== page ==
On July 5, 1993, at 0915 Pacific daylight time, a passenger on board a Raven S60A balloon, N35GS, sustained a broken ankle during a landing near Coloma, California. The balloon was owned and operated by the pilot, and was engaged in for-hire sight seeing flight operations. Visual meteorological conditions prevailed at the time and no flight plan was filed for the operation. The balloon was not damaged. One passenger sustained serious injuries; however, neither the certificated commercial balloon pilot nor the one remaining passenger were injured. The flight originated from a field near Coloma, California, on the day of the mishap at 0730 as a local area sight seeing flight. Use your browsers 'back' function to return to synopsisReturn to Query Page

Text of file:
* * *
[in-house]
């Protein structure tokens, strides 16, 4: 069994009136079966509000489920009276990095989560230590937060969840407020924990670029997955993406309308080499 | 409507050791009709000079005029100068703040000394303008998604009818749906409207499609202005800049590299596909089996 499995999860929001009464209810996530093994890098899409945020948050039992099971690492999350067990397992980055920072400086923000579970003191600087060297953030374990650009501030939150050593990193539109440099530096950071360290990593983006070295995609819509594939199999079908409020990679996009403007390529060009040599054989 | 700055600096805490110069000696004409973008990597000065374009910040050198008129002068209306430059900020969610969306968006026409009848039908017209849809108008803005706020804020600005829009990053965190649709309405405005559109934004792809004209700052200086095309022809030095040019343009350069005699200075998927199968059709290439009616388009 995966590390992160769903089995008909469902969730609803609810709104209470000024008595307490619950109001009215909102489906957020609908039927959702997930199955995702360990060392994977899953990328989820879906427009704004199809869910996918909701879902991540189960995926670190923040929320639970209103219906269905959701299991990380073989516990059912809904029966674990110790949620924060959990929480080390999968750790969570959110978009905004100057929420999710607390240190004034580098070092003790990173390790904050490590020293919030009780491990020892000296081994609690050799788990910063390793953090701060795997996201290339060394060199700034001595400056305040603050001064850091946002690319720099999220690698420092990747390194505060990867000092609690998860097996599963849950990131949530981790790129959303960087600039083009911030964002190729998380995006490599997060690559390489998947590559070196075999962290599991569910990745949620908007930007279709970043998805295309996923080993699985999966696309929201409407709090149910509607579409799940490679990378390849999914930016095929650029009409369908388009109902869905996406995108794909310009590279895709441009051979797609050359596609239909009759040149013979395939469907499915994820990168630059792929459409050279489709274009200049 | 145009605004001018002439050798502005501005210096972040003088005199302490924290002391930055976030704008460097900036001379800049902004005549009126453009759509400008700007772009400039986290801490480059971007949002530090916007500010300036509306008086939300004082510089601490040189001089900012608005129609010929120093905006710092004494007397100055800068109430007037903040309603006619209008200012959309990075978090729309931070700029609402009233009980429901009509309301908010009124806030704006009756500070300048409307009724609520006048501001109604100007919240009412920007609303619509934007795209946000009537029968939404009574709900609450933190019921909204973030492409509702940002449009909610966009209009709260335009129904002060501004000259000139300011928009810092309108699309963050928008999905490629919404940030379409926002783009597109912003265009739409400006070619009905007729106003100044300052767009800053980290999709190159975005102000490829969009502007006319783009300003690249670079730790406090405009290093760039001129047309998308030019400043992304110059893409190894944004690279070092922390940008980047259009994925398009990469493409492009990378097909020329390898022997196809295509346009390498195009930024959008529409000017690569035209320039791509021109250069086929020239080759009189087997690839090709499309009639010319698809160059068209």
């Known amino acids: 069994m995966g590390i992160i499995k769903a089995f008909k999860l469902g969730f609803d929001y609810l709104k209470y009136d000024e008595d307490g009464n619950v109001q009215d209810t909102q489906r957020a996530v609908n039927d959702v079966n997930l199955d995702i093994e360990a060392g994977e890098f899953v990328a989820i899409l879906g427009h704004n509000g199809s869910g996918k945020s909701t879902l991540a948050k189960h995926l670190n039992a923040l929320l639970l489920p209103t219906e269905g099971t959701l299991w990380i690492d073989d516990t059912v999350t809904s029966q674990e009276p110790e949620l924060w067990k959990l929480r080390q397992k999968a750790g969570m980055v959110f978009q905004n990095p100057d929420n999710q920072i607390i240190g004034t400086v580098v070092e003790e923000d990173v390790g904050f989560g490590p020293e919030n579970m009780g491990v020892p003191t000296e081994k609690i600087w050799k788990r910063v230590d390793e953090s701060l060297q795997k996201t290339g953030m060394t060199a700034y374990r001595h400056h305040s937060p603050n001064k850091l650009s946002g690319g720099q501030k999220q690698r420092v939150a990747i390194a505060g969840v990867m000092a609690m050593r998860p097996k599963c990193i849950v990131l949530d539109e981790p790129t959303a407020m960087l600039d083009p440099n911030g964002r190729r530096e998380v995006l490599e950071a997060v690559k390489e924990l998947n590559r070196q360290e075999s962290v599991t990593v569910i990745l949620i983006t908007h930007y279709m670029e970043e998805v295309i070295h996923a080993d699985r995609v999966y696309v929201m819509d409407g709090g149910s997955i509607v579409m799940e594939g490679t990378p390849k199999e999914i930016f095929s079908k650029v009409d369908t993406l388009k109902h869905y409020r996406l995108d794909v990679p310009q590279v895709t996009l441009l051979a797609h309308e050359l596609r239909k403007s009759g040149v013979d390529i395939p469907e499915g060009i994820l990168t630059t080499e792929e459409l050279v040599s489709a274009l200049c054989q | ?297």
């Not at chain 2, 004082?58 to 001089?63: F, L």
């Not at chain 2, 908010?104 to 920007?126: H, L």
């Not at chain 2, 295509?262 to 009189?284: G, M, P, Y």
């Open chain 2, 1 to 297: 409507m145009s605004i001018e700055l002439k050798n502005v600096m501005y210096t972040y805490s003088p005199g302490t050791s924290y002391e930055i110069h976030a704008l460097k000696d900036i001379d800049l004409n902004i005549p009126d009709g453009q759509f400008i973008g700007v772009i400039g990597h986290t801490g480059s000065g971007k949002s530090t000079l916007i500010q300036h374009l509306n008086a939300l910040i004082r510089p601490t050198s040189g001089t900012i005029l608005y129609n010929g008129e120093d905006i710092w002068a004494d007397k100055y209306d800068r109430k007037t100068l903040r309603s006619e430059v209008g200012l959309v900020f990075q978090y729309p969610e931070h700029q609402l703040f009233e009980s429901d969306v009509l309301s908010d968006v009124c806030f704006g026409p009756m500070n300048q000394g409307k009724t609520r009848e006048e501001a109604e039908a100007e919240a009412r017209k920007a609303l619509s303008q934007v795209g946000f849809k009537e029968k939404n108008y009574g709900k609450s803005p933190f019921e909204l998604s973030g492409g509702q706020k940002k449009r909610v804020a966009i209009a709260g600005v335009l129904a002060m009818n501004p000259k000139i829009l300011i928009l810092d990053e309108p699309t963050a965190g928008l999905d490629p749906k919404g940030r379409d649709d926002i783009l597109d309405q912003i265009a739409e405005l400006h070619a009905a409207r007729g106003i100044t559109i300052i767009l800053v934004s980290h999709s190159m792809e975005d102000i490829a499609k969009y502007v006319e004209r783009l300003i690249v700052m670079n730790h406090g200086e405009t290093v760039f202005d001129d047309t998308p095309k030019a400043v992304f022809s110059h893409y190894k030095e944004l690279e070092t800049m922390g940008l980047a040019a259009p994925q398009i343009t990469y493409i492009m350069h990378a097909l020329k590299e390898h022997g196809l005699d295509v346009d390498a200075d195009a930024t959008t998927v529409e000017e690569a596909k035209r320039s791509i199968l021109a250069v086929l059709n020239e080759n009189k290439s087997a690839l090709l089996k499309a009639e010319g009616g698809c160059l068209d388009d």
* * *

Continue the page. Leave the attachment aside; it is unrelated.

According to the pilot's statement, after a 40 minute flight he descended into an oak tree studded field for landing. The pilot noted that he had used this field for landings on 12 to 15 occasions. During the approach, the basket grazed a tree top. The pilot said the tree contact slowed the balloon's progress slightly, but did "not deflect the balloon from it's flight path." The balloon basket made contact with the ground about 30 feet beyond the tree in what the pilot described as a "stand-up landing, with little or no drag across the ground." The pilot reported that the injured passenger's ankle "went out from under her and twisted, breaking the ankle in three places."
An FAA inspector from the Sacramento, California, Flight Standards District Office, interviewed the pilot. The inspector stated that the pilot told him that he intentionally contacts the tree tops to slow the balloon down prior to touchdown. The injured passenger told the FAA inspector that the pilot told her that he was low on fuel and made only one burn correction during the final descent. In the interview, the pilot denied the passenger's allegations.